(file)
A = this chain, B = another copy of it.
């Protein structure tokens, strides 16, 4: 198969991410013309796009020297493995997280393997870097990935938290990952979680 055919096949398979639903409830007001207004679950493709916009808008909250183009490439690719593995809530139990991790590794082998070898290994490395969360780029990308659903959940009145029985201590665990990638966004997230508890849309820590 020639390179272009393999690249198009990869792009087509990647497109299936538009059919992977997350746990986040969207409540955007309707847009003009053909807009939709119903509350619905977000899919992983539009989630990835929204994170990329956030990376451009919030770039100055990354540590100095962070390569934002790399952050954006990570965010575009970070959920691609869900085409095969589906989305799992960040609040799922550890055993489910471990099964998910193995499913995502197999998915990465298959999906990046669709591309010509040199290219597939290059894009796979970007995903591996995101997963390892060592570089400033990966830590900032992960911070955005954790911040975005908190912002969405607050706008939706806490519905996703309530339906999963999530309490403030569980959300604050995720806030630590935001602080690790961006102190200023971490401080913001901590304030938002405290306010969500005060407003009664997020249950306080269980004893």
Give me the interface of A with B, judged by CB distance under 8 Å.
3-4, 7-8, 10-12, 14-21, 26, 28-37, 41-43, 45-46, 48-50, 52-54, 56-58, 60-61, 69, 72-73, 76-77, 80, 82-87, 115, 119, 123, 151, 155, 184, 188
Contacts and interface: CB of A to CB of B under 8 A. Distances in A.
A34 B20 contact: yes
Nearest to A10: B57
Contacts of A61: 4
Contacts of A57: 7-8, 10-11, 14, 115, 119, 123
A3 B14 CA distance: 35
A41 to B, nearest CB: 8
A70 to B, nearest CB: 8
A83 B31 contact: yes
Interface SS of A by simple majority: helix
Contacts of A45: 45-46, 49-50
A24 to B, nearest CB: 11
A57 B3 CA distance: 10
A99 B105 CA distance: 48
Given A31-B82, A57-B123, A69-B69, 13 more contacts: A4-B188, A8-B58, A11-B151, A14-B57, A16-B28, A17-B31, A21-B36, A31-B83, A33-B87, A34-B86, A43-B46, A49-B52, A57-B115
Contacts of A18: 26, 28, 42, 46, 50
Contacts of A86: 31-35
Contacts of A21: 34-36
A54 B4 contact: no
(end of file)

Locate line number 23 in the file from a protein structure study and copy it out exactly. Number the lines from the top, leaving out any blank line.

A54 B4 contact: no